• Vows to bolster exports by increasing investment in key sectors; recognises high interest rates as a barrier to growth
• Emphasises structural reforms for taxation, energy sector
• Promises equal opportunities for women in economy

LAHORE: Finance Minister Muhammad Aurangzeb on Sunday straightaway rejected the concept of strategic and essential state-owned enterprises (SOEs), stating that all SOEs, regardless of their categorisation, will be handed over to the private sector to run.

“There is no such thing as strategic SOEs. I am chairing the cabinet committee on SOEs,” explained the minister while addressing a pre-budget conference organised by the Federation of Pakistan Chambers of Commerce and Industry (FPCCI).

“In the meeting to be held on Monday (today) afternoon, we will instruct various ministries to hand over all [SOEs] to the private sector, as there is no distinction regarding strategic SOEs,” said Mr Aurangzeb.

The finance minister’s stance on strategic SOEs showcases a clear divergence from Deputy Prime Minister and Foreign Minister, Ishaq Dar, who, just last Friday, differentiated between the strategic SOEs and others, calling them as profit- and loss-making SOEs.

Mr Dar, presiding over a meeting of the Cabinet Committee on Privati­sation, reportedly stated that the government would limit its business to strategic and essential SOEs under its domain, but their number would be reduced from 40 after scrutiny. He also prioritised the privatisation of loss-making SOEs, while profit-making ones could be considered for divestment.

The apparent disagreement between the current finance minister and the former one on the issue of privatising the SOEs has emerged at a time when the government is all set to start dialogue with an IMF mission from Monday (today).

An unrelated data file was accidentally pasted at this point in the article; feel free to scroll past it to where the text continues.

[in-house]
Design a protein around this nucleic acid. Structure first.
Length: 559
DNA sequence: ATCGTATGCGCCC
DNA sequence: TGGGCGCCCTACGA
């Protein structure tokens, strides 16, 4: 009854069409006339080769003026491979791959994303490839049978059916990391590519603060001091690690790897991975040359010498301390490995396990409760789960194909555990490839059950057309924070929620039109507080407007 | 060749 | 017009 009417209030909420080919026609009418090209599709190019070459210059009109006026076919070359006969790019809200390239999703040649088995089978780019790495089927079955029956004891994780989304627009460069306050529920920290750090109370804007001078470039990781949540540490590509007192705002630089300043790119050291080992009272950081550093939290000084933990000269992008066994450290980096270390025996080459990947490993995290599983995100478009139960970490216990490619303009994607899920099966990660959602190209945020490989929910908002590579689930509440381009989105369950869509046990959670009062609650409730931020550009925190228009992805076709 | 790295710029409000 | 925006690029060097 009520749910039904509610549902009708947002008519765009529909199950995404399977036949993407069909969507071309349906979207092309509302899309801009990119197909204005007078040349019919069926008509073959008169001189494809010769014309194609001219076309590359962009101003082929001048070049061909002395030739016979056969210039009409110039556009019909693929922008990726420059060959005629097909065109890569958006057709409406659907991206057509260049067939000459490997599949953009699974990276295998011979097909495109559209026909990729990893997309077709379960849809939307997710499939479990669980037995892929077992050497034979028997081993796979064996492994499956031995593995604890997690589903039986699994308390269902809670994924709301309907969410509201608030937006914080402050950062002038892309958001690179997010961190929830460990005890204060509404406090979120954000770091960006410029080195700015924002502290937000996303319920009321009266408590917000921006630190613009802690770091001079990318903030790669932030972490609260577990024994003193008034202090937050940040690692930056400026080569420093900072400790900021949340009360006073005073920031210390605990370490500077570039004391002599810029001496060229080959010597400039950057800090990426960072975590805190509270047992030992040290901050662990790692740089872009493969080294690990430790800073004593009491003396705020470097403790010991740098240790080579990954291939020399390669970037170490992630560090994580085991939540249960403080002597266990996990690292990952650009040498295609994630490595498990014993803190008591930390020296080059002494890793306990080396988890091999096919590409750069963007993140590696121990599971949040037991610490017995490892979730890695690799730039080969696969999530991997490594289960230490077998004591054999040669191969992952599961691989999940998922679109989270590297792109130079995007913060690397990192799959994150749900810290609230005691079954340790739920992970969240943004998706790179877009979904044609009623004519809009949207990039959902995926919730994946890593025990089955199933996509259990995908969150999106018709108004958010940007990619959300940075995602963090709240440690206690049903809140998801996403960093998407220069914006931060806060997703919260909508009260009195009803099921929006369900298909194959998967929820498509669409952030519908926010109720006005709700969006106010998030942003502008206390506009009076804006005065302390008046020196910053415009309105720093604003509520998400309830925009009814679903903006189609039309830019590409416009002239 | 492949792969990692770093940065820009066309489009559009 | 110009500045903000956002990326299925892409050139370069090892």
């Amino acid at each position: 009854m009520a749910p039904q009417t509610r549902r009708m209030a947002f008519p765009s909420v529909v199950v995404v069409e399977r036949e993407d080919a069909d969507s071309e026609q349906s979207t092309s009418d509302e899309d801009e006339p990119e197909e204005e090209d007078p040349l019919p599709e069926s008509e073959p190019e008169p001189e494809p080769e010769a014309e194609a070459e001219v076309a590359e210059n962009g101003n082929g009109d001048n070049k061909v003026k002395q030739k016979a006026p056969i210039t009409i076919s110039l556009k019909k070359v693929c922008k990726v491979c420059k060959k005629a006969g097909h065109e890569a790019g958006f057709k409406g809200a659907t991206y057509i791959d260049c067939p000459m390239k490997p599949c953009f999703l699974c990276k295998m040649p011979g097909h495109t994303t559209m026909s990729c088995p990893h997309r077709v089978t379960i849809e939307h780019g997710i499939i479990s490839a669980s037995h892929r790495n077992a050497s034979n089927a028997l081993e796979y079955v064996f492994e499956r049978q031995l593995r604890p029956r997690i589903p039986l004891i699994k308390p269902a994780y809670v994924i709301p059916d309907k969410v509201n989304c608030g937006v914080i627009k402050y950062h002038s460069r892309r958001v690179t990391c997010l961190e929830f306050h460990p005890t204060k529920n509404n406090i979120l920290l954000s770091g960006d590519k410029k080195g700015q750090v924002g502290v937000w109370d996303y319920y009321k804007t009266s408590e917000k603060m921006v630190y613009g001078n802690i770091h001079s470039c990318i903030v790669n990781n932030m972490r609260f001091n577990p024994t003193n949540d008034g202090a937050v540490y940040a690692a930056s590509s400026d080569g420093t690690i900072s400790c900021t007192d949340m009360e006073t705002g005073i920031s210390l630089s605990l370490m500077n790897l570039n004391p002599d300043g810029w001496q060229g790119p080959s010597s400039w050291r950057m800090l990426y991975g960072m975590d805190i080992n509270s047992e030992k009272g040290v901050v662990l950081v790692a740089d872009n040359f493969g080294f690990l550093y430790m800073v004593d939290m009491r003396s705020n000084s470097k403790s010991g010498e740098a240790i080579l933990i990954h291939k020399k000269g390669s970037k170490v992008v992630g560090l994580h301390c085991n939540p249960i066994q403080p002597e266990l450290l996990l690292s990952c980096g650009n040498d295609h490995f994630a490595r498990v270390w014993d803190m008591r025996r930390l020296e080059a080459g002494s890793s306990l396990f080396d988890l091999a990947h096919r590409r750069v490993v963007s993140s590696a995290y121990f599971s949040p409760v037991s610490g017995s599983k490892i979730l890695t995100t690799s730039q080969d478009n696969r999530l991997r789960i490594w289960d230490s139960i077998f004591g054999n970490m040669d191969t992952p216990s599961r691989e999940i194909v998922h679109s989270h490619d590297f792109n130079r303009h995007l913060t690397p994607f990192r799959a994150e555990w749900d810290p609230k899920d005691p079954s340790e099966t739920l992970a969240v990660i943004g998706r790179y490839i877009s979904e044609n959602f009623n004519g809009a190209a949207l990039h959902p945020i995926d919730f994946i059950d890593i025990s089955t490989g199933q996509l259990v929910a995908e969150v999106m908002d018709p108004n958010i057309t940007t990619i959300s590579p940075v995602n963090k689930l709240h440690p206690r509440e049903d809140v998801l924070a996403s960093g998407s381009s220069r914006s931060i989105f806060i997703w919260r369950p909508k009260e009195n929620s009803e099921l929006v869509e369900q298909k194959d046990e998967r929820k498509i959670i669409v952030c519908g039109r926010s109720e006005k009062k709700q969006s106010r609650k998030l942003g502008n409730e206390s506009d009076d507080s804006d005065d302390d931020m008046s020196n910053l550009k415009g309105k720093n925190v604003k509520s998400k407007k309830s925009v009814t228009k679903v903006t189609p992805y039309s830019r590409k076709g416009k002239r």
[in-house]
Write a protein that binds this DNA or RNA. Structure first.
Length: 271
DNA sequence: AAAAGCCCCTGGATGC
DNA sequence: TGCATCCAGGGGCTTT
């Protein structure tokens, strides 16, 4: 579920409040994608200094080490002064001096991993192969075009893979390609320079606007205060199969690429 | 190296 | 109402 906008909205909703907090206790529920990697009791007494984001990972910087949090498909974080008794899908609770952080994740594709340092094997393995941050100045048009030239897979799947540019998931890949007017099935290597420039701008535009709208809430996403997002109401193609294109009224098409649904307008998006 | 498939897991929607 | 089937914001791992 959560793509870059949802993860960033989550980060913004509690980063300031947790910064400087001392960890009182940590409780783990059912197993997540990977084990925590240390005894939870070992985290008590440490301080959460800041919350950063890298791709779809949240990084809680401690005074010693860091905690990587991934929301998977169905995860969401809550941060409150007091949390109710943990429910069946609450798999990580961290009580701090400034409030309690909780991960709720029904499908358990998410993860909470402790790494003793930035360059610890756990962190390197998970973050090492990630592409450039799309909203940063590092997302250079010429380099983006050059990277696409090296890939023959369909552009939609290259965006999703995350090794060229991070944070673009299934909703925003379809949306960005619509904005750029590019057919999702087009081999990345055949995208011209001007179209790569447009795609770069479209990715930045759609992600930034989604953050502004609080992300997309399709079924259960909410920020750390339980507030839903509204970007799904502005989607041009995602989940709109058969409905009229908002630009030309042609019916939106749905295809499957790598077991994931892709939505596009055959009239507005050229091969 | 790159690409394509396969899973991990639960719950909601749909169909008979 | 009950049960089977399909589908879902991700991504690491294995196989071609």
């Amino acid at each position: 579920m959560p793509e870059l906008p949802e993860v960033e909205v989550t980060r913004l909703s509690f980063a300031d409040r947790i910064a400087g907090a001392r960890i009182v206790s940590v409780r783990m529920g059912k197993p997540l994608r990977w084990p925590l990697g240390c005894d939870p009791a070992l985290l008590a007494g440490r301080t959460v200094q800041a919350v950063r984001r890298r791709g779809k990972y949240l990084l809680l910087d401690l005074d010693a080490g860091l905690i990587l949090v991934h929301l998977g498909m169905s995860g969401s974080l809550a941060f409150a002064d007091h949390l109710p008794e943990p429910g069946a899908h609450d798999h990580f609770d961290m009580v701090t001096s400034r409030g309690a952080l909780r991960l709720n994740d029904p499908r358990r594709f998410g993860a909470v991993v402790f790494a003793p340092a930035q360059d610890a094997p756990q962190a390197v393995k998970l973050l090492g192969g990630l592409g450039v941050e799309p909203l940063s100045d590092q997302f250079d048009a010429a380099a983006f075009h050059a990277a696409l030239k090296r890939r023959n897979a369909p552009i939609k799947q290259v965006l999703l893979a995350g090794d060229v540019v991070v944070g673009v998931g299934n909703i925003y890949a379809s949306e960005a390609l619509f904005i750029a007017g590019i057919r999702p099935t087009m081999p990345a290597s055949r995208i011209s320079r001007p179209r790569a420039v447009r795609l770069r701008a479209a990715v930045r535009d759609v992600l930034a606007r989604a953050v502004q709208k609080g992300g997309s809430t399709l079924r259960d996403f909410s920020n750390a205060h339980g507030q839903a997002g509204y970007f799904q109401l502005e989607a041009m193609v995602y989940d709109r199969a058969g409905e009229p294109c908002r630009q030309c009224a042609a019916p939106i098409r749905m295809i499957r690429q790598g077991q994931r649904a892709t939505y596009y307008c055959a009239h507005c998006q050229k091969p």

Addressing the business community at the FPCCI conference on pre-budget proposals, the finance minister expressed satisfaction over both domestic and foreign investments in Pakistan.

“Domestic and foreign investors are beginning to show a level of trust in terms of the way we are moving forward,” he said.

He commended Prime Minister Shehbaz Sharif for successfully concluding the nine-month standby agreement with the IMF during his previous administration.

Mr Aurangzeb emphasised the importance of structural reforms in taxation, energy, and SOEs, along with privatisation. He highlighted the need to enhance the tax-to-GDP ratio through stricter enforcement of laws and regulations and combating power theft for a competitive energy sector.

According to him, the reforms to improve tax-to-GDP ratio couldn’t be achieved by the previous governments.

The second aspect he said is competitive energy, which, according to him, can only be achieved by addressing issues such as power theft and other leakages in the power sector.

“For this, we are prepared to change the BoD [Boards of Directors] of all power distribution companies [Discos],” he maintained.

The minister dispelled the impression of favouring foreign investors and clarified that boosting the country’s economy relies on local investors, including women entrepreneurs.

He said that to overcome the difficult economic conditions, the private sector must be encouraged. He deemed the demand for a uniform tariff by industries justified, emphasising that industrial development is impossible with interest rates of 25-26 per cent.

However, he asserted that there will be no compromise on expanding the tax net.

To stimulate exports, the minister pledged to increase investments through policy-level reforms, particularly in agriculture, IT, and small industries. He noted that economy is currently stable, with inflation gradually decreasing.

In response to a question, the finance minister assured that women would also be given equal opportunities in economic activities at the government level. He welcomed proposals from the FPCCI members and panellists for the upcoming budget, promising to consider them.

Published in Dawn, May 13th, 2024

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